However, JI viewed screenshots shared by Jewish TikTok employees from the company’s internal interface system, Lark, showing that moderators from the Trust and Safety unit, including those based in the U.S., were celebrating that pro-Palestinian accounts, including some posting violent videos or that have made false claims against Jews and Israel, are allowed to remain on the platform.
In one example seen by JI, a trust and safety officer expressed gratitude that “TikTok has allowed me to have constant contact with our amazing heroes Motaz Azaiza & Saleh Jafarawi and helping them with protecting their content on the platform that is exposing the TRUTH, and get rid of those who are impersonating them!”
Both Azaiza and al-Jafarawi are Palestinian journalists based in Gaza. Al-Jafarawi has been accused of being closely aligned with Hamas, a designated terror group by the U.S. and Israel, and has posted violent content and false accusations against Israel to his millions of followers. In November, Instagram suspended al-Jafarawi’s account after complaints, though it was later reinstated.
In a blog post on TikTok’s website titled ‘Our continued actions to protect the TikTok community during the Israel-Hamas war,’ the company said it “continues to invest in training for the moderators, in partnership with experts, to address implicit bias and the unique aspects of hateful ideologies.”
“We provide ongoing training for our content moderation teams to identify evolving hateful behavior, symbols, terms, and offensive stereotypes,” it said. “We also regularly engage with our community and experts to strengthen our approach against hate.”
TikTok said it was also working with outside organizations such as the Anti-Defamation League and others who “help us to more quickly detect and remove hate or violent extremist content that has already been identified off the platform.”
Jennifer Cohen, a best-selling author and podcaster, who has had an account on TikTok with more than 110,000 followers for the past two years, said that since Oct.7 she has refrained from posting any pro-Israel content because of “the hate-filled messages I receive based on me being Jewish.”
“I have also seen my numbers dropping and my content constantly pushed aside by pro-Palestinian content,” Cohen, who now only posts Jewish content on her Instagram account, added.
Tom Divon, a platforms researcher at Hebrew University who has been tracking TikTok and other social media apps for a while, told JI that while antisemitism and the proliferation of fake and inflammatory content have long existed on TikTok, “a noticeable shift occurred after October 7.”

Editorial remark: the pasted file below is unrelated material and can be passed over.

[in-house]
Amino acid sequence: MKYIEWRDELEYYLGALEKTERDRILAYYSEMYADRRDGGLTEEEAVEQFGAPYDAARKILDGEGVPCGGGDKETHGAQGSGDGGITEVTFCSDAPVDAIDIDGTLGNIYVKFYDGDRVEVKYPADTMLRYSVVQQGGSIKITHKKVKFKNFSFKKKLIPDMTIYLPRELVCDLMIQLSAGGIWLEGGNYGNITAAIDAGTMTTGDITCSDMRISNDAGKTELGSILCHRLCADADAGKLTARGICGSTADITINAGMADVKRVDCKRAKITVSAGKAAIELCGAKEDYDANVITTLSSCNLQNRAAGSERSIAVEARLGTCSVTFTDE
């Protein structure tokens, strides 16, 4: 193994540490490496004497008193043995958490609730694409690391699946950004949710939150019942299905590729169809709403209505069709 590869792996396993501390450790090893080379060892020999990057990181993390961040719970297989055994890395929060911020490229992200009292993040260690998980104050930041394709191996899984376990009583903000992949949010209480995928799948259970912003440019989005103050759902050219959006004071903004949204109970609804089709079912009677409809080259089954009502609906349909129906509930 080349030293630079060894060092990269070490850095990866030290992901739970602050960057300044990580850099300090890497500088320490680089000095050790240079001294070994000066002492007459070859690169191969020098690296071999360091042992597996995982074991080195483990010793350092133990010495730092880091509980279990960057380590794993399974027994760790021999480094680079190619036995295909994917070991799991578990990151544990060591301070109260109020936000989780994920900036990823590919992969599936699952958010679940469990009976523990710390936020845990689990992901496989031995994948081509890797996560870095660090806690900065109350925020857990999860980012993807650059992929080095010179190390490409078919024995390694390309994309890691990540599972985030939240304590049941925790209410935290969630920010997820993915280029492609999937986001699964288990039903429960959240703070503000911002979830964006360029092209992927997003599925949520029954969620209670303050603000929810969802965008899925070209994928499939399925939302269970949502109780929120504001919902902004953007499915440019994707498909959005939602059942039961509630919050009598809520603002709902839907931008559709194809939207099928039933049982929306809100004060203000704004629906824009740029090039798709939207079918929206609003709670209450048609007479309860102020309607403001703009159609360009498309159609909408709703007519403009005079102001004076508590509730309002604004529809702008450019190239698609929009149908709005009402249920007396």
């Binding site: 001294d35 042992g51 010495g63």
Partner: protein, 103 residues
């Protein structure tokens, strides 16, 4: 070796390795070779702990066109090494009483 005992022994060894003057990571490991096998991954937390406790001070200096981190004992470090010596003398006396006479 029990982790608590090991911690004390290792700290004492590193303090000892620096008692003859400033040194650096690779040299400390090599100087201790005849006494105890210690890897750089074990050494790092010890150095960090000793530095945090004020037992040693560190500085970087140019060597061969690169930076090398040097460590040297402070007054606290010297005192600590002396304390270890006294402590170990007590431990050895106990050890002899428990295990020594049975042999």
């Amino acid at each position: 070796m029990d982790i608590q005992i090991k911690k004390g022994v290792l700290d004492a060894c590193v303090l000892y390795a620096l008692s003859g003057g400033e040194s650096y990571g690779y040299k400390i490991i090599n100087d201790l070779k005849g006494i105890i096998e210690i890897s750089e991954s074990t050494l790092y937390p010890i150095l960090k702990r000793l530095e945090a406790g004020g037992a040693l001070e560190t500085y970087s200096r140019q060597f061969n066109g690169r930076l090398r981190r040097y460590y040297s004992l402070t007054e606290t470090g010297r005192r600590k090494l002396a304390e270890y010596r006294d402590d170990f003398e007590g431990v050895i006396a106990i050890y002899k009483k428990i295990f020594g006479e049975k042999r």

“Prior to this date, you might have encountered sporadic instances of antisemitic content on the ‘For You’ page, which offers content based on previous viewing history, however, since then, the volume of videos espousing such ideologies has surged dramatically,” he said.
“It’s essential to recognize that part of the motivation behind this surge is the pursuit of virality and trendiness,” Divon added. “Not all users necessarily hold antisemitic or malicious intentions, but they recognize that this type of content is often algorithmically rewarded, leading some to jump on the bandwagon in search of exposure with their own take.”
Divon said he did not believe that TikTok altered the algorithms to amplify content supportive of either Palestinians or Hamas.
“However, I do believe that TikTok isn’t doing enough to monitor relevant areas of the platform,” he said. “Pro-Palestinian creators are adept at using filters and emojis to encrypt symbols of Palestinian resistance and make their content more appealing.”
“This approach allows them to evade moderation as the algorithm doesn’t recognize emojis as offensive or violent,” Divon explained. “For many other creators and viewers, these symbols serve as clear indicators of content worth engaging with, thereby boosting its visibility in TikTok’s algorithm.”
“TikTok appears to prioritize hashtag-driven moderation, but more advanced methods are at play here,” he continued, adding, “In this context, Israeli creators may be outnumbered and less experienced and literate in content creation on TikTok.”
Divon said it was important to note that Jewish creators have not simply abandoned social media altogether, but “instead have opted to continue their remarkable ambassadorship on other platforms where they can prioritize their well-being and avoid the accumulated trauma.”